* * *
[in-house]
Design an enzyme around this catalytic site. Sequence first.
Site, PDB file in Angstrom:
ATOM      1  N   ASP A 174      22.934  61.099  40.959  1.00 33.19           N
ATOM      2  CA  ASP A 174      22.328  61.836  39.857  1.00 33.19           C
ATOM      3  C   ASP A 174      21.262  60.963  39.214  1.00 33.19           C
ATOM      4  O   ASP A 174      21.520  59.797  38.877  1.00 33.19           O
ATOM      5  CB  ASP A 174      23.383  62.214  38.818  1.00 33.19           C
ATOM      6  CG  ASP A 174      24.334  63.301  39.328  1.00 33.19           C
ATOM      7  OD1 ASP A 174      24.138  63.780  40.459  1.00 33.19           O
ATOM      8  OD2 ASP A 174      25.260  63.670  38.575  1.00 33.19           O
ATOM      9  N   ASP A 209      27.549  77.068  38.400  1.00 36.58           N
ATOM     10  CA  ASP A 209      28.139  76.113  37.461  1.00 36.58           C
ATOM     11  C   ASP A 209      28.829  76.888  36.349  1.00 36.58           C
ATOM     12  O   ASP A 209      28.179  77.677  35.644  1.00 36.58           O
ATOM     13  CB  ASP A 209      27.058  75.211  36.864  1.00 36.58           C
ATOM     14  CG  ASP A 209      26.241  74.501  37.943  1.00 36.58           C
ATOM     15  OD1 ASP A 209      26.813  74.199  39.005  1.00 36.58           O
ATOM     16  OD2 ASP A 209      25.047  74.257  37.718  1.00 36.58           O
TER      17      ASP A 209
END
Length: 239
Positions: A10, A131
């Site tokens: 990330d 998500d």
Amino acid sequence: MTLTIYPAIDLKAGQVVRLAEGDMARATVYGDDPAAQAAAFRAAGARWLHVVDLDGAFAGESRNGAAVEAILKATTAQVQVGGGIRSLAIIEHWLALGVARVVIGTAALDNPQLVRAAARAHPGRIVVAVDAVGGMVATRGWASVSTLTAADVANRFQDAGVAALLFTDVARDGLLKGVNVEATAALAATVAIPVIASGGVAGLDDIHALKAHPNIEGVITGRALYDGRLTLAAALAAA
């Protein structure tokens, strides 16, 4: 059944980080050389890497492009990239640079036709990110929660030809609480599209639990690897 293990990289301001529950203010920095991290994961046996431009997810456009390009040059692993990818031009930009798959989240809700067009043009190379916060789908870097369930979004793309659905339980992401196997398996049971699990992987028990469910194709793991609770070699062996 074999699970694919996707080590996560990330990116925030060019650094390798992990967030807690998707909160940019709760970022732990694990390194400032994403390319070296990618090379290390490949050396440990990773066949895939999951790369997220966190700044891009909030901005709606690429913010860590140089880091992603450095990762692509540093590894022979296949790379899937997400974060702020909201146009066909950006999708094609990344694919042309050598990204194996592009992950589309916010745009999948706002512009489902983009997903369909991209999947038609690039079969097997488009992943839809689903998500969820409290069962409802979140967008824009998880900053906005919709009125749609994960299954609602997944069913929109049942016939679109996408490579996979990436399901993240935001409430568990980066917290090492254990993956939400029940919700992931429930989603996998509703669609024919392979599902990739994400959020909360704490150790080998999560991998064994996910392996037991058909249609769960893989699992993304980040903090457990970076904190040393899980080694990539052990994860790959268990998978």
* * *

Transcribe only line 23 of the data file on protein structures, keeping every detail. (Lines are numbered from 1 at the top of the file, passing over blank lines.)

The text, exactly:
Positions: A10, A131